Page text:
This work aims to provide an insight of the cost estimation for large scale CCS application in the Greek thermal power plants given the high dependency on fossil fuels for the bulk of the national electricity generation and the aim to fulfil Greece’s share of the overall European energy policy targets. Greece generates almost 92% of its electrical power requirements from fossil fuels, with lignite accounting for about 63% of the total while the share of liquid fuels and natural gas is 14% and 22% respectively (2007). Total CO2 emissions increased from 83.15 Mt in 1990 to 113.56 Mt in 2007. This increase of 36.57% from 1990 to 2007 is mainly attributed to the increased electricity production (average annual rate of 3.6% for the period). Taking into consideration the forecasts for increase in the electricity demand over the coming years and the old and low-efficiency units that should be either renovated or replaced by new units, the capture and geological storage of CO2 is considered as a critical climate change mitigation option at national level.
In particular, the cost calculations are focused on CO2 transport from a new capture-ready 650 MWe coal fired power plant using supercritical steam cycle, to be erected in the Region of Western Macedonia, to potential geological formations via pipeline and the subsequent storage in deep saline aquifers. The cost estimations are based on a pipeline transport infrastructure linking one large CO2 source with individual storage sites. The results from the geological characterisation and the storage capacity of the identified Prinos, West Thessaloniki, and Messohellenic Trough - Pentalophos saline formations in the Tertiary sedimentary rocks of Greece will be presented.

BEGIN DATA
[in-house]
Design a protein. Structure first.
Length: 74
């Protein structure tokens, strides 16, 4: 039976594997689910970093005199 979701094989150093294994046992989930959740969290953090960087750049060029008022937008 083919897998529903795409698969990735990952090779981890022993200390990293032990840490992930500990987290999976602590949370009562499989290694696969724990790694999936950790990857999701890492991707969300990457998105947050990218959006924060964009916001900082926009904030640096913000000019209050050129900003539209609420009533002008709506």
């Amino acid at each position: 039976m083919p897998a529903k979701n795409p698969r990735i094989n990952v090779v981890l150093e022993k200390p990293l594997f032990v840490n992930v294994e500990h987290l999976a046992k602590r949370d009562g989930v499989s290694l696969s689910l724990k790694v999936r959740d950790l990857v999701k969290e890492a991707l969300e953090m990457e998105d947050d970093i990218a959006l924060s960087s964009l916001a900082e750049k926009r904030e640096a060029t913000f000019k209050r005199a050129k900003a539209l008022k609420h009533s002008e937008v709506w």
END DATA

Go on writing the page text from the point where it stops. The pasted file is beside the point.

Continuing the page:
To conclude, the geological properties of the sedimentary basins in Greece appear to to have the potential to sequester billions of tons of CO2 for CCS implementation. The identified geological reservoirs occur within approximately 100–200 km of the majority of stationary CO2 emissions in Greece, which is favourable in terms of infrastructure costs for the development of a CO2 pipeline transport network. However a range of R&D activities is required in order to assess the effective CO2 storage potential of saline aquifers in Greece like a more detailed site–specific geological analysis, stratigraphic mapping and correlation, petrophysical property characterization, generation of quantitative and dynamic 3-D geological models, geochemical simulations etc.